They aren’t designed to support joy, laughter, or kinship. Instead, they enforce rigid processes and present barriers to shared progress. Being thrust into uncertainty is difficult and sometimes scary, but it also provides an opportunity for us to make real change.

And now more than ever, we need better systems. We need Indigenous women’s vocal, vulnerable, and values-driven style of leadership to get us there. And along the way, we’ll have some seriously good laughs, too—the kind of laughter that feeds the soul and makes your belly ache.

HYI Calls to Action Team’s Guide to Land Acknowledgements

Introduction

Angela G is a grade 10 student who volunteers with the Halton Youth initiative (HYI) Calls to Action team. In her blog below, she shares her thoughts on what she has learned about Land Acknowledgements to make them personal, authentic, and meaningful.  – Angela Bellegarde, Our Kids Network Indigenous lead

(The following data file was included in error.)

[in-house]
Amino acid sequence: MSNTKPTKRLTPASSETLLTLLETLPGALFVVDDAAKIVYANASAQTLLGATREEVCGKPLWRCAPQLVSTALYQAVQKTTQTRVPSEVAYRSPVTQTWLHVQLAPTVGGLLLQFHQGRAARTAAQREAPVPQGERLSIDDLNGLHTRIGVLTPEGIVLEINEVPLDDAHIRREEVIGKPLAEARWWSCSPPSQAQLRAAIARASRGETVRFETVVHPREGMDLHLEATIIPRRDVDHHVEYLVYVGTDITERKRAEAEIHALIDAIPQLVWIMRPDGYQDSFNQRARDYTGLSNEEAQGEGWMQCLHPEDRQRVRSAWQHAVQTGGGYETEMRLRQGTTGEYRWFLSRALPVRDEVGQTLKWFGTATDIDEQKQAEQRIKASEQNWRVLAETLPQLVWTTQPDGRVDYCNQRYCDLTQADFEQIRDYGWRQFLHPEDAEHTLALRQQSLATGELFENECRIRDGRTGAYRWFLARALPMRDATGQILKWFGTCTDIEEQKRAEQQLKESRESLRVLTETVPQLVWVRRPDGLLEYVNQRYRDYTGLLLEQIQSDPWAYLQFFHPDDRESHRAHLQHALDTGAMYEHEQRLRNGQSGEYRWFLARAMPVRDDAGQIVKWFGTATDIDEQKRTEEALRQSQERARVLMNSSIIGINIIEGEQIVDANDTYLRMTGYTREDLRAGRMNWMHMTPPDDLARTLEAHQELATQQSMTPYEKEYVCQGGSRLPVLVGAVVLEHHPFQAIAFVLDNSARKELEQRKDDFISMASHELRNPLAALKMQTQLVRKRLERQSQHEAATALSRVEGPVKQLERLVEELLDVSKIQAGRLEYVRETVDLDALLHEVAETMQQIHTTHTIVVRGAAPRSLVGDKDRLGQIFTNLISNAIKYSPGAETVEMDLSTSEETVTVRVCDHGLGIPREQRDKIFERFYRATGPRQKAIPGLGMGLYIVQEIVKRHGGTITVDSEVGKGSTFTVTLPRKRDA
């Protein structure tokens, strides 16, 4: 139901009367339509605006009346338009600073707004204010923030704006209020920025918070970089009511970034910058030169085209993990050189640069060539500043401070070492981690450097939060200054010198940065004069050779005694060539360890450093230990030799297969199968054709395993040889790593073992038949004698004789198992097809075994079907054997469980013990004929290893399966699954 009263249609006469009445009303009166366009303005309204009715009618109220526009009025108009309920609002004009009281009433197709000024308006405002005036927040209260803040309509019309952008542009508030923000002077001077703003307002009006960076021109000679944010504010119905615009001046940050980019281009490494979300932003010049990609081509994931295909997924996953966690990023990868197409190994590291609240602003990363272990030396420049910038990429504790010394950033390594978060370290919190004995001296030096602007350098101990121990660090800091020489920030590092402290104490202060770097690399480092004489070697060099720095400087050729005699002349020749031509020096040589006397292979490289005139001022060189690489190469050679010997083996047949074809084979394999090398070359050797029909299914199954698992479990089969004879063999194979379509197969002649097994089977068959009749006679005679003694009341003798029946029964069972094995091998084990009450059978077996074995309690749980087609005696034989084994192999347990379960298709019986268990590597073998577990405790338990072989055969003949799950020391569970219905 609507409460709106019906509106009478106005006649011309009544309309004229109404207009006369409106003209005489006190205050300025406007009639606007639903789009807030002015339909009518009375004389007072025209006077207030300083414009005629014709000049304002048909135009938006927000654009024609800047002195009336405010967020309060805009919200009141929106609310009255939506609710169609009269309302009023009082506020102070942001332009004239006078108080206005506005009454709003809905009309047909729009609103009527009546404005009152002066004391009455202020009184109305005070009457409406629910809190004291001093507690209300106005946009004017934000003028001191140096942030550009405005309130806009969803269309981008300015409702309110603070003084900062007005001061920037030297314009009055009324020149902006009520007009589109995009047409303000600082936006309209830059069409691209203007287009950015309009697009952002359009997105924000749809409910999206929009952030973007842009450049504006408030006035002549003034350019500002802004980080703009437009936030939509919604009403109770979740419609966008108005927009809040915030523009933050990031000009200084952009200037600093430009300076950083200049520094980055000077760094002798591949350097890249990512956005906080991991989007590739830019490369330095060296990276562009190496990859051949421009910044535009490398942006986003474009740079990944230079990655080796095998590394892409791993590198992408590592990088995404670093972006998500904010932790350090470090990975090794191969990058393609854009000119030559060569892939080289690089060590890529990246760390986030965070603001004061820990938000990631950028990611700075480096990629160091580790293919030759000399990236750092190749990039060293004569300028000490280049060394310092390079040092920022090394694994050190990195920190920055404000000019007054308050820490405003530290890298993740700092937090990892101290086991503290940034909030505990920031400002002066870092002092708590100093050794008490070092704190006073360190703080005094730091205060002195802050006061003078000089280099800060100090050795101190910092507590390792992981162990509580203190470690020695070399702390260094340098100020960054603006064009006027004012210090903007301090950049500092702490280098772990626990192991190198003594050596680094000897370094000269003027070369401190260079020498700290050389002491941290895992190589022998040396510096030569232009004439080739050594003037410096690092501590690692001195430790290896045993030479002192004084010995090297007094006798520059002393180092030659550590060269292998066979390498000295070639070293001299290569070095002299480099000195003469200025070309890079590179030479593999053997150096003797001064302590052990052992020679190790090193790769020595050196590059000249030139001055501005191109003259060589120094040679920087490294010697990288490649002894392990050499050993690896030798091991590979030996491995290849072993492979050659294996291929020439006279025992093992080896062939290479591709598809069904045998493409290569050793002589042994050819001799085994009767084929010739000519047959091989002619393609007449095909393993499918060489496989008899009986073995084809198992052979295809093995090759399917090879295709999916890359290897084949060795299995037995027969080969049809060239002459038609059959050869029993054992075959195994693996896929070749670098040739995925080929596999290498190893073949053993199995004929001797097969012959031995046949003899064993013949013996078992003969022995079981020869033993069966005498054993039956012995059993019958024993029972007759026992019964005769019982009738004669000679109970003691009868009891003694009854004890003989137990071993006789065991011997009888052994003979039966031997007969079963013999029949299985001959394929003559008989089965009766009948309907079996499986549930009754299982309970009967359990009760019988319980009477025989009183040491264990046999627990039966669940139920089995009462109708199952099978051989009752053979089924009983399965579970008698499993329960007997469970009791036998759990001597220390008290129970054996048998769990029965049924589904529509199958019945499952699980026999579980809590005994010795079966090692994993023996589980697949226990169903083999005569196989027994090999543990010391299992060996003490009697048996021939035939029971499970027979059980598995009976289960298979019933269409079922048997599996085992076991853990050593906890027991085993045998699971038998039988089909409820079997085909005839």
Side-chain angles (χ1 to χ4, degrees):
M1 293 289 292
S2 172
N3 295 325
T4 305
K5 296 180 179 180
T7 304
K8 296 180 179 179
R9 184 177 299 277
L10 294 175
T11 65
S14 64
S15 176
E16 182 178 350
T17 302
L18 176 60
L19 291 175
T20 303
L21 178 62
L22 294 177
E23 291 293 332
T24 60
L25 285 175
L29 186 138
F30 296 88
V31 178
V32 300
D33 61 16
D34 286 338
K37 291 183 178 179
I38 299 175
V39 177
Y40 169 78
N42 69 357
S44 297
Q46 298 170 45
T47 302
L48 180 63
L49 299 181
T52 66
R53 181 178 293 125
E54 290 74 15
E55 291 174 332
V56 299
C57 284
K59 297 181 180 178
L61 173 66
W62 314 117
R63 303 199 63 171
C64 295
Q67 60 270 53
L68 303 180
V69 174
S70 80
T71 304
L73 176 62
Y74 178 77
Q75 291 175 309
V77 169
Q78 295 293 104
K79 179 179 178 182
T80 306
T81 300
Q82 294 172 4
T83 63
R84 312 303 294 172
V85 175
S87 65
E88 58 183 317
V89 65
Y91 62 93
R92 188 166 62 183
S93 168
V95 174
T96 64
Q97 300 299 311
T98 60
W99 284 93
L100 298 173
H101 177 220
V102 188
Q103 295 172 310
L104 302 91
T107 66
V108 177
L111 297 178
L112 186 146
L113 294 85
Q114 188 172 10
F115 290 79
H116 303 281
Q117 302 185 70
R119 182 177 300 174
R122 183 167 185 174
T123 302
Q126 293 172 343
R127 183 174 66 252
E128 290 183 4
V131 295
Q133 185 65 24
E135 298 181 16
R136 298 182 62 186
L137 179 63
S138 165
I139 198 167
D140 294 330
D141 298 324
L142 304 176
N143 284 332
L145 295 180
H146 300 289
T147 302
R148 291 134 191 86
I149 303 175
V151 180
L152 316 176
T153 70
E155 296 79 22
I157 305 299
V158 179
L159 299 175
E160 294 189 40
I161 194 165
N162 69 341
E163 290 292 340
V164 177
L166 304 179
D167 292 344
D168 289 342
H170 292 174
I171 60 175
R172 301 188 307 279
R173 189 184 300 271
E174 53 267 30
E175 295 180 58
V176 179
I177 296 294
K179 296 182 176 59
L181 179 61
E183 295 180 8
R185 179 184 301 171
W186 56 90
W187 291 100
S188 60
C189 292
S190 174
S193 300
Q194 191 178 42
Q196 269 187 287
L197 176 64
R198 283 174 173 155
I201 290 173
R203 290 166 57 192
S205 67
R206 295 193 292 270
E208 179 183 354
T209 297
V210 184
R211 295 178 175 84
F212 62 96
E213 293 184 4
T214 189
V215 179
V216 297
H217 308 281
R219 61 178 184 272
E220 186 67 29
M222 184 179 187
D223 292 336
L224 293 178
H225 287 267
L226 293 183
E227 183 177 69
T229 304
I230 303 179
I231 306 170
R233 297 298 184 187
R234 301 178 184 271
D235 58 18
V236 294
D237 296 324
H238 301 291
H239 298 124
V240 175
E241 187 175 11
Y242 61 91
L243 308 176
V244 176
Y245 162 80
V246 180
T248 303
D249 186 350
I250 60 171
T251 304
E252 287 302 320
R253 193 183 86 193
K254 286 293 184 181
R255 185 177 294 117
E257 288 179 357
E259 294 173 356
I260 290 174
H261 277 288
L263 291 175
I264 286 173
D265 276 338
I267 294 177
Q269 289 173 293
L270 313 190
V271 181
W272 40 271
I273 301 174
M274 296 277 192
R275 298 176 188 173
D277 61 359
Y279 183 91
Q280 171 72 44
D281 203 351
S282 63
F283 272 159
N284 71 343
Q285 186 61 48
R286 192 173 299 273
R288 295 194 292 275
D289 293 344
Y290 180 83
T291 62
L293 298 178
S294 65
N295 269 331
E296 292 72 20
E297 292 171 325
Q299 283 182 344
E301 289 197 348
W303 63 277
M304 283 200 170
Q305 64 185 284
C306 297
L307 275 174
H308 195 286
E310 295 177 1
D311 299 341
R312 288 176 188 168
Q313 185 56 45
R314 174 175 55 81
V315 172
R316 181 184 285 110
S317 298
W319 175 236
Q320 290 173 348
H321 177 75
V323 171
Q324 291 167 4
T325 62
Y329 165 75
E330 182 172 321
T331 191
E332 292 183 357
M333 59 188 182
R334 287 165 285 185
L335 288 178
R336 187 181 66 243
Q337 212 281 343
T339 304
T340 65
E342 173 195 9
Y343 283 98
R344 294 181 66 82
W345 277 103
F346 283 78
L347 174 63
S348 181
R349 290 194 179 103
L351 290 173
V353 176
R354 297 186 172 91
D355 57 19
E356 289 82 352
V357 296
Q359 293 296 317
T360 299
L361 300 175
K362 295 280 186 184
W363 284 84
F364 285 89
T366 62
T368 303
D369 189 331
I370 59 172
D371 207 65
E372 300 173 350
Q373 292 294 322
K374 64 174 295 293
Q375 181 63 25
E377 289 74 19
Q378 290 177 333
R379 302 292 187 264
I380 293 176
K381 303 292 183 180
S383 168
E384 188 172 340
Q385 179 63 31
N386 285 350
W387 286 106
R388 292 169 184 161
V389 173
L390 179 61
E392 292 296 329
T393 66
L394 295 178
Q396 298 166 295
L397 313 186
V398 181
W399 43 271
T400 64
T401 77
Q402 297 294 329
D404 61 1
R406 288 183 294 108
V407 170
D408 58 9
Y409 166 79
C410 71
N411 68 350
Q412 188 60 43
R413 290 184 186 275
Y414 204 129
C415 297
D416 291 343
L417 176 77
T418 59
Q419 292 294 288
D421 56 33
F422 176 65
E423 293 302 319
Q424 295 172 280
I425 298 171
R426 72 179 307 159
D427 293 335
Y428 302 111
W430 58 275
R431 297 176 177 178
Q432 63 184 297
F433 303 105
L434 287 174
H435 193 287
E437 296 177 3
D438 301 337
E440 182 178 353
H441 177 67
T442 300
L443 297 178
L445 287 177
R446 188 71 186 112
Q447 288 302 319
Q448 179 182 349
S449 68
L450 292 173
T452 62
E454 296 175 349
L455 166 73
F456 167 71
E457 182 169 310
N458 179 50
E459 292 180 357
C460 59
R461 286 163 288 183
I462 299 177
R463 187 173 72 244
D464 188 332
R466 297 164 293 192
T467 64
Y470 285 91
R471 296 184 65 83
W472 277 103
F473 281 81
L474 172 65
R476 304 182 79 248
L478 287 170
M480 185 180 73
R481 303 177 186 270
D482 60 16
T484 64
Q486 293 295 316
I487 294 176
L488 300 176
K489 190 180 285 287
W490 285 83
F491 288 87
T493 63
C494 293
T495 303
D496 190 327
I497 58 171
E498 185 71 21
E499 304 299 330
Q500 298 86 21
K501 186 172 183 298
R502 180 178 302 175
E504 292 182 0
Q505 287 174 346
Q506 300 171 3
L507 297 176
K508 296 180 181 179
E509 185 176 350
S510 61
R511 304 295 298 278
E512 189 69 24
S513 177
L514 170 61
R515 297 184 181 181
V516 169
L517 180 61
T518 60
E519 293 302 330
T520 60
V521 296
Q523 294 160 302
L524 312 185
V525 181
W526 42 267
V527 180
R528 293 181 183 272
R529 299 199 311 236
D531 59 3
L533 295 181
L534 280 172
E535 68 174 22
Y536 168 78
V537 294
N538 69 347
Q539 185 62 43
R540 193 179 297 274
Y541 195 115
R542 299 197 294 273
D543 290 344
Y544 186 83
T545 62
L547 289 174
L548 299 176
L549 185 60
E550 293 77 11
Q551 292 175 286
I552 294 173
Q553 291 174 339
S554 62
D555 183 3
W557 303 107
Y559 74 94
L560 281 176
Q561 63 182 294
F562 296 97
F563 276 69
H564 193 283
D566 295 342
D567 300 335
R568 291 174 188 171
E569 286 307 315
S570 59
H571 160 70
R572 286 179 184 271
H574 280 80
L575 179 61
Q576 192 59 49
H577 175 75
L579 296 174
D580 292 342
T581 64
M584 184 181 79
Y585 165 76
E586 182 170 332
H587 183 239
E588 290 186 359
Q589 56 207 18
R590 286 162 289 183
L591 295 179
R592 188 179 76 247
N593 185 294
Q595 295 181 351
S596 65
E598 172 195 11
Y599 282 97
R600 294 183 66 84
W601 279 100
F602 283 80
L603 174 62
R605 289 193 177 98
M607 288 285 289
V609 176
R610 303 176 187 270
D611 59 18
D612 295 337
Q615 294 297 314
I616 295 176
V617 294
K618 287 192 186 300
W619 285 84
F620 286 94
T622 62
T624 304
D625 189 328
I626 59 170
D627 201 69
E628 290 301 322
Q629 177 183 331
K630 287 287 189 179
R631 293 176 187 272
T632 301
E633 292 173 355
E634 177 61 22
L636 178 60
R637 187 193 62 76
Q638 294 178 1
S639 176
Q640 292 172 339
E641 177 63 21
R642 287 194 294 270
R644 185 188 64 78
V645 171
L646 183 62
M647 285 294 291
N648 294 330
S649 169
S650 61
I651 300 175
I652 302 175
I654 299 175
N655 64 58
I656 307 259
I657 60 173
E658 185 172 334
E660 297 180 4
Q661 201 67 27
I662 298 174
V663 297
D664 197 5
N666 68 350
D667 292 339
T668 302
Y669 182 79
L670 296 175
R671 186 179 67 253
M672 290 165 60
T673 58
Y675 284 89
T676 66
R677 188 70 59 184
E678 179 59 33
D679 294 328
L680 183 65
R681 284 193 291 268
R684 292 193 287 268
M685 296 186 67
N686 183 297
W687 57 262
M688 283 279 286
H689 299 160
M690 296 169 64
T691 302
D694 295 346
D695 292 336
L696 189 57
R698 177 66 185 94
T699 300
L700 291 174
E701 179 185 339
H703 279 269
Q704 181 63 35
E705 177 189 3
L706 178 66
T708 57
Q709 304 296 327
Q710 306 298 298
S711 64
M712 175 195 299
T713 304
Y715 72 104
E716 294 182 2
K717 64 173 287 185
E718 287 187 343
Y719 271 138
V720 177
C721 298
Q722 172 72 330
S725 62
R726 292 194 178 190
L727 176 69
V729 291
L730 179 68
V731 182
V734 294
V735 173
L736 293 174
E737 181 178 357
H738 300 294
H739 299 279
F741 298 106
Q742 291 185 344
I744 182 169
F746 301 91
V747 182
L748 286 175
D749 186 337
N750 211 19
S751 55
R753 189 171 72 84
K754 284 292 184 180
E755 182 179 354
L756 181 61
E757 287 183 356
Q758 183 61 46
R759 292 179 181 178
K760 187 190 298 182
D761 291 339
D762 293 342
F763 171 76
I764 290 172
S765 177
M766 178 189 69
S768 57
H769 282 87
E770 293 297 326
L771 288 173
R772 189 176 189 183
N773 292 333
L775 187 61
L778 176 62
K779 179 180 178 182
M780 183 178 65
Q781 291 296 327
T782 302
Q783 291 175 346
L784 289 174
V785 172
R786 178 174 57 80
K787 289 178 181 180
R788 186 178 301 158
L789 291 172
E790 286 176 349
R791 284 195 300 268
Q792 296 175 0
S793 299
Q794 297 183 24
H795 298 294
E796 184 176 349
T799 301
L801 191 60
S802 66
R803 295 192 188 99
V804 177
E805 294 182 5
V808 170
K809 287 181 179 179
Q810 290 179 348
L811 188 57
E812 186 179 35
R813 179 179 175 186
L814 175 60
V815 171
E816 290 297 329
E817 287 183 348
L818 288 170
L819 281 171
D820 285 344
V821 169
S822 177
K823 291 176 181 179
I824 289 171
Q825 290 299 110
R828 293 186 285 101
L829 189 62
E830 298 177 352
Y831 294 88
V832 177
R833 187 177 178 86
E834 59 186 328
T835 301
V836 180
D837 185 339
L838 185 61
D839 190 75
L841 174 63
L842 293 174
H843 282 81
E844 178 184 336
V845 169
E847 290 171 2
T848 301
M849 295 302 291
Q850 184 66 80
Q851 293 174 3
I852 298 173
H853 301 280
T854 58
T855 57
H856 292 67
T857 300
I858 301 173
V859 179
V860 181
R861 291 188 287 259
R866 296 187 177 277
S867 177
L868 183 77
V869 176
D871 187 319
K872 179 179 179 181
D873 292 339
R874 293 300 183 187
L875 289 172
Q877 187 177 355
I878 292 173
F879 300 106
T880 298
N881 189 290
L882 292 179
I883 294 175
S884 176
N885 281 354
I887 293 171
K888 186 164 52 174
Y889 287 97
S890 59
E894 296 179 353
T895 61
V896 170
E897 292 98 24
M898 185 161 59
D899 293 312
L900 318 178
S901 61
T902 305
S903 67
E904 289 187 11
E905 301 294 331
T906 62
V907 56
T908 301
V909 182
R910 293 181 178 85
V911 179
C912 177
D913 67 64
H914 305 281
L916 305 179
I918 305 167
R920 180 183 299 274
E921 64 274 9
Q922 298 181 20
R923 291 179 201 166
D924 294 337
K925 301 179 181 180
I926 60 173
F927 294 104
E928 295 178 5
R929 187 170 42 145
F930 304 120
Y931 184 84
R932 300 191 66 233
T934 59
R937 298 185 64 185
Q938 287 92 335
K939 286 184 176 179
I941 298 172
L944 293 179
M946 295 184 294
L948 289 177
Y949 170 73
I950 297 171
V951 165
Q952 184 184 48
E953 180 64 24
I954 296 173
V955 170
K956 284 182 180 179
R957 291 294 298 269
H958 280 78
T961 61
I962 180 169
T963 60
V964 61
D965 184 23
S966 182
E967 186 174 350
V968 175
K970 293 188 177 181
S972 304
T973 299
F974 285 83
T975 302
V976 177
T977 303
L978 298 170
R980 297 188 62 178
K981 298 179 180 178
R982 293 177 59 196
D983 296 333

HYI Calls to Action Team’s Guide to Land Acknowledgements

 

By Angela G., Halton Youth initiative Community Builders Calls to Action team member

As youth working to advocate for Indigenous rights and immersing ourselves in Indigenous culture, it was brought to our attention that many people are unaware of how to properly put together a Land Acknowledgement.  Land Acknowledgements, one of the most important components of Indigenous Truth and Reconciliation, are often spoken at meetings or assemblies by adults and youth in various areas.

We wanted to bring attention to the fact that Land Acknowledgements should not just be spoken to check off a requirement. They should be original, and spoken from the heart, based on our true relationship with the land, and with true recognition of our Indigenous ancestors, those who live on the land today, and the Indigenous families who will come in future generations.